BAGHDAD — More than 200 mass graves have been uncovered in parts of Iraq formerly controlled by Islamic State fighters, according to the United Nations.
The graves contain the remains of thousands of people who are believed to be the victims of the Sunni militant group.
The dead include women, children, the elderly and disabled, as well as members of Iraq's armed forces and police, a U.N. report said.
ISIS overran swathes of northern Iraq in 2014 and declared it part of their so-called caliphate. They were defeated by Iraqi forces supported by a U.S.-led coalition in December 2017.
The United Nations has said previously that almost 33,000 civilians were killed by the group in Iraq, with more than 55,000 injured.
The United Nations estimates between 6,000-12,000 bodies are contained in the 202 graves documented in Tuesday's report.
But exact numbers were difficult to establish, it said, since only 28 mass graves have been excavated so far, with just 1,258 bodies exhumed.
The deaths occurred in what the United Nations has called a systematic and widespread campaign of violence, "which may amount to war crimes, crimes against humanity and genocide."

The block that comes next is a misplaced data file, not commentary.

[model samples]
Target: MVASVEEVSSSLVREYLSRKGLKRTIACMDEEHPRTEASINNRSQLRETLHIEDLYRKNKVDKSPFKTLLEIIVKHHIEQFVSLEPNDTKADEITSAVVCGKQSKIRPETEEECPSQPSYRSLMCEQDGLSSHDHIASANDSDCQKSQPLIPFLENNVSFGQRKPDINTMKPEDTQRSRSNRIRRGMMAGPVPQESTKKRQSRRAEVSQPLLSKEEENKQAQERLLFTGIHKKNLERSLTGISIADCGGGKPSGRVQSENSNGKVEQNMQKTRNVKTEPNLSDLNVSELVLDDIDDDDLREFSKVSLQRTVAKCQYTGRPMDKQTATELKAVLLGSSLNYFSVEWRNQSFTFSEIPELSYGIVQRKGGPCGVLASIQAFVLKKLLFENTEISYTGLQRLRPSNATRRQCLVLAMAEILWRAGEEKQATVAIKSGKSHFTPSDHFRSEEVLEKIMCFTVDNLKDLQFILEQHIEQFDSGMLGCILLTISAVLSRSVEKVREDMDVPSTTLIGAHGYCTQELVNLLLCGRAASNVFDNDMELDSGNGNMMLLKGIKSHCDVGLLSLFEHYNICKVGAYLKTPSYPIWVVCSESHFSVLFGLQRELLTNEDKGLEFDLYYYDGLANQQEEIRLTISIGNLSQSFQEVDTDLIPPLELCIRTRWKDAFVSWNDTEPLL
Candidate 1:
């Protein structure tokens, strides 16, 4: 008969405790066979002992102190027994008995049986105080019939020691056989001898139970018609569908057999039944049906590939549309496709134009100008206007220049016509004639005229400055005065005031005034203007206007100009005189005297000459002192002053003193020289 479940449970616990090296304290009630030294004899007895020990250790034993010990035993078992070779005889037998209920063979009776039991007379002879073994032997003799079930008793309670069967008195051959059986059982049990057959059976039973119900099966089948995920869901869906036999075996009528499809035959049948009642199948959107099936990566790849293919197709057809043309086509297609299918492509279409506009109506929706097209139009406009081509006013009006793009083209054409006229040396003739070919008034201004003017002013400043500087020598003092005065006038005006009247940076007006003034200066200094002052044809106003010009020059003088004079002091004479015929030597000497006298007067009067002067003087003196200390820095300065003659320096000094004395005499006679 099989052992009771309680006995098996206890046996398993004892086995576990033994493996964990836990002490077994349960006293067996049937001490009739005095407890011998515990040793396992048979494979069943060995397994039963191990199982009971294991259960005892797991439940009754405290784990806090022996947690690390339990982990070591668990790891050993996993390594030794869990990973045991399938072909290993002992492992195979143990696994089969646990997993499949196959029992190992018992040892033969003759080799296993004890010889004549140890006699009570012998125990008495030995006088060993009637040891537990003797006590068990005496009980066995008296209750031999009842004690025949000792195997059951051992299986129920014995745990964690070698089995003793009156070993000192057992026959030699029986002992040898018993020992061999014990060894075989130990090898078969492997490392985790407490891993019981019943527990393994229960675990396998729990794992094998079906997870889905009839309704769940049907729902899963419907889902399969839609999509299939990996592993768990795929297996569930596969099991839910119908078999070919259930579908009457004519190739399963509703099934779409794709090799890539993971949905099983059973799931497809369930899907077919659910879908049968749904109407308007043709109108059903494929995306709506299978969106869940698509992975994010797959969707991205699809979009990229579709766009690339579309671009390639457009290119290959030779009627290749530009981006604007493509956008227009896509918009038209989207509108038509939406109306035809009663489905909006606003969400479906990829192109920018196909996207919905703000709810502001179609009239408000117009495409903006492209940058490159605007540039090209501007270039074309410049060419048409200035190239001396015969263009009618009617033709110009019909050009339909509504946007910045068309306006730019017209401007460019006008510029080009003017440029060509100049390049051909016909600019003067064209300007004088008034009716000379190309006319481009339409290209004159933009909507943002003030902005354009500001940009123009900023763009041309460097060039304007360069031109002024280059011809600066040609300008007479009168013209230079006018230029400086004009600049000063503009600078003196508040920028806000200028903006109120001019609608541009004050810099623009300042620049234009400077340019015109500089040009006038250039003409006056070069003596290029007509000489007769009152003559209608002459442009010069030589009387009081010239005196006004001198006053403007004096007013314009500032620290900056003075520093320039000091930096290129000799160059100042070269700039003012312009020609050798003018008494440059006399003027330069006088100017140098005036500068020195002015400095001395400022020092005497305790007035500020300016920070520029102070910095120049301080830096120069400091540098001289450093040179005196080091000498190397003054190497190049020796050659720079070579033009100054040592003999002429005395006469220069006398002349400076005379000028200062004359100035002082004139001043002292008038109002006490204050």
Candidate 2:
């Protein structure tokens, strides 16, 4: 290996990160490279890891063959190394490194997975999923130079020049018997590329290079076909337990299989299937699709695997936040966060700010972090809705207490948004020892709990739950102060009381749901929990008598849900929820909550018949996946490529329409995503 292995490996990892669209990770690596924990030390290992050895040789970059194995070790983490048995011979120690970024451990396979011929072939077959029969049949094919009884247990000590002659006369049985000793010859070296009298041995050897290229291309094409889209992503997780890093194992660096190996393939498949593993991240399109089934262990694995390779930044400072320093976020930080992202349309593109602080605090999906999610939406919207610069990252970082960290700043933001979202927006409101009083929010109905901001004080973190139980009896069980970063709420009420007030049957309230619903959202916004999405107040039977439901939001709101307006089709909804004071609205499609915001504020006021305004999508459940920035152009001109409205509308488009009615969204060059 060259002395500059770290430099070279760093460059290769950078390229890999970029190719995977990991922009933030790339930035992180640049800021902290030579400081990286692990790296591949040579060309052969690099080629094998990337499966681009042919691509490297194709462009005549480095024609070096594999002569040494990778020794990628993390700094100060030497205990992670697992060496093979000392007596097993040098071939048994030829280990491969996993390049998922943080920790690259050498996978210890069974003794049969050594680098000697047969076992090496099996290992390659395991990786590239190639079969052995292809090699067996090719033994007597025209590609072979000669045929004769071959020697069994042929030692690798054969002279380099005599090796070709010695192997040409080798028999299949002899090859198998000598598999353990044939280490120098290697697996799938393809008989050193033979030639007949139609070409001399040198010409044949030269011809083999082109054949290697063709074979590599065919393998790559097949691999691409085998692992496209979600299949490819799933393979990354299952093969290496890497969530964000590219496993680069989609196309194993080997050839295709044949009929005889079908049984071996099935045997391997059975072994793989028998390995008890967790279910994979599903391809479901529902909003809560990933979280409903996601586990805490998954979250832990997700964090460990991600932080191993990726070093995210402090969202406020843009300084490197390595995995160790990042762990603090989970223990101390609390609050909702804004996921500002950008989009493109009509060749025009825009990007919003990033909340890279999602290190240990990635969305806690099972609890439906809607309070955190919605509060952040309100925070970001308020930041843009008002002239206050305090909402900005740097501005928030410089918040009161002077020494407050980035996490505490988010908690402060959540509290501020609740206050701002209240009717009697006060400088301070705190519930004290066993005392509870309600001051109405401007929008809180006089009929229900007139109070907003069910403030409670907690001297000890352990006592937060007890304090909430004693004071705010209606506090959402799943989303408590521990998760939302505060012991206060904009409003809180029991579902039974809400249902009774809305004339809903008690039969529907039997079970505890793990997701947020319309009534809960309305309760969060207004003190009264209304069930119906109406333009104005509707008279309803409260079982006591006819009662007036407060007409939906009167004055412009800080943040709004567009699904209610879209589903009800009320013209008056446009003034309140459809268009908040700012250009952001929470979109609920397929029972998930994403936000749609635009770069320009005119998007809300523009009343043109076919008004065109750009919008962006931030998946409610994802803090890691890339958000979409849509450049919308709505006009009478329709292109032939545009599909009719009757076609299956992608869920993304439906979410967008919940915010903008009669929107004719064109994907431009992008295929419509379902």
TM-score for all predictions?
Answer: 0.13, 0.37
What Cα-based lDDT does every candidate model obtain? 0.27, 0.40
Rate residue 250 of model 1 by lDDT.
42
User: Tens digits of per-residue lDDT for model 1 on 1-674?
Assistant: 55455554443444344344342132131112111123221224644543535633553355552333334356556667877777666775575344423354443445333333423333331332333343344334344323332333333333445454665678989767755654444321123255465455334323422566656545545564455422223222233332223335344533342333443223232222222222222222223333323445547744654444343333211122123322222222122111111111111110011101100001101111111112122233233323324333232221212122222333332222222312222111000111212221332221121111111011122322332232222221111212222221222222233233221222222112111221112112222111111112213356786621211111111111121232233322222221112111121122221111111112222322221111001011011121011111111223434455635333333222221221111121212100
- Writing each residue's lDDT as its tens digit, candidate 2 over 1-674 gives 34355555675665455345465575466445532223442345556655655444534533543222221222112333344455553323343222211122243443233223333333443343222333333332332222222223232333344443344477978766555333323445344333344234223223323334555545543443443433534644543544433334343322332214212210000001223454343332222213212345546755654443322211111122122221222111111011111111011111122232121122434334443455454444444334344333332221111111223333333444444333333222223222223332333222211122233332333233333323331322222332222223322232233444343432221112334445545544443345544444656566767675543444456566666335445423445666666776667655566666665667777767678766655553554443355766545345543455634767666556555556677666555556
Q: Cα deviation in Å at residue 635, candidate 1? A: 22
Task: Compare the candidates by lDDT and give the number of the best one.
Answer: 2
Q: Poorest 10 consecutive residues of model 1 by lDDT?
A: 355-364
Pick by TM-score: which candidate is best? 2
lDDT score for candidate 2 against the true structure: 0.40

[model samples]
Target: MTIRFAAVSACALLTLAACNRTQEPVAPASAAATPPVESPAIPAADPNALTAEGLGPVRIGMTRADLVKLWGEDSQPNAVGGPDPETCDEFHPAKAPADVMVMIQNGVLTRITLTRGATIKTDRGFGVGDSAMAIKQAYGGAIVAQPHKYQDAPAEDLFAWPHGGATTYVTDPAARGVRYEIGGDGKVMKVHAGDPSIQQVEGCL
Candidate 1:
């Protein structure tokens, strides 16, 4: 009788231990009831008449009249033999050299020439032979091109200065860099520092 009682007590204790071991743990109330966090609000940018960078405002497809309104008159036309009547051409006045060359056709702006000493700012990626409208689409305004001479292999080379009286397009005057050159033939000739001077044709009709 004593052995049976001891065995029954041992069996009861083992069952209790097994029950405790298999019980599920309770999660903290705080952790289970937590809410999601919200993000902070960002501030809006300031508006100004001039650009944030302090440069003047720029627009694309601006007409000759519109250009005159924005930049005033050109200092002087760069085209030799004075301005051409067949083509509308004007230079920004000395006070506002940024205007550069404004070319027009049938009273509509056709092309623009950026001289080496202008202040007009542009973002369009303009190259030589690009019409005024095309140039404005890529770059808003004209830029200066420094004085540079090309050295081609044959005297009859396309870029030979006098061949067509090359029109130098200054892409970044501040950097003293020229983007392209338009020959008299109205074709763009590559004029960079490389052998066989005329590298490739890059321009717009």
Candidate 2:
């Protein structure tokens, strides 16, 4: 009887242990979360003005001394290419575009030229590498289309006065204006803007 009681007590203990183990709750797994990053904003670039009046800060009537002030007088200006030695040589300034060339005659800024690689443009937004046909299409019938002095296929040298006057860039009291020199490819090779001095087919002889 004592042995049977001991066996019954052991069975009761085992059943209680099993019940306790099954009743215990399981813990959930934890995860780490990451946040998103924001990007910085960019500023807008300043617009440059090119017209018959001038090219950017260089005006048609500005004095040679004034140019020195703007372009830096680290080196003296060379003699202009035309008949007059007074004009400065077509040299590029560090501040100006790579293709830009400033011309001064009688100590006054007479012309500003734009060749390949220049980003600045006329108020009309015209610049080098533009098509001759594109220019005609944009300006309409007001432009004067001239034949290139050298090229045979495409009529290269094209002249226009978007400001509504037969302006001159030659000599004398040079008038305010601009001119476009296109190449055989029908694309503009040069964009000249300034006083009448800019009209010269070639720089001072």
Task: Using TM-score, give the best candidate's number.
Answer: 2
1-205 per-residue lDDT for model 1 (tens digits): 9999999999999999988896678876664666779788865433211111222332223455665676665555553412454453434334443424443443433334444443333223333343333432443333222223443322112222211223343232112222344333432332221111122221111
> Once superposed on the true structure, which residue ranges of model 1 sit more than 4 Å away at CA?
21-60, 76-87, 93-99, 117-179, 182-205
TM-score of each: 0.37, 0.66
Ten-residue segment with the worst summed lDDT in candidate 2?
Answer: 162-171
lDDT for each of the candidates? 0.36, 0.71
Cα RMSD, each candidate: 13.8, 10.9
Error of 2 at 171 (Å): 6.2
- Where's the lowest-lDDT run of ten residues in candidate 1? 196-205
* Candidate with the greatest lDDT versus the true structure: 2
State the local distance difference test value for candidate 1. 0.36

During its three-year rule, the group terrorized local residents, conducting well-publicized executions of people targeted for their perceived opposition, government ties, sexual orientation and more.
The militants also targeted members of ethnic and religious minorities, including Christians and Yazidis.
The smallest mass grave, found in Mosul, contains eight bodies. The biggest, the al-Khasfa sinkhole south of Mosul, is thought to contain roughly 4,000 bodies.
The United Nations said the sites must be protected from interference or contamination to ensure justice and accountability.
But the Iraqi government body tasked with preserving mass graves says it is underfunded and understaffed, and cannot adequately protect and investigate the sites which are still littered with unexploded ordinance.
"Determining the circumstances surrounding the significant loss of life will be an important step in the mourning process for families and their journey to secure their rights to truth and justice," U.N. Representative for Iraq Ján Kubiš said.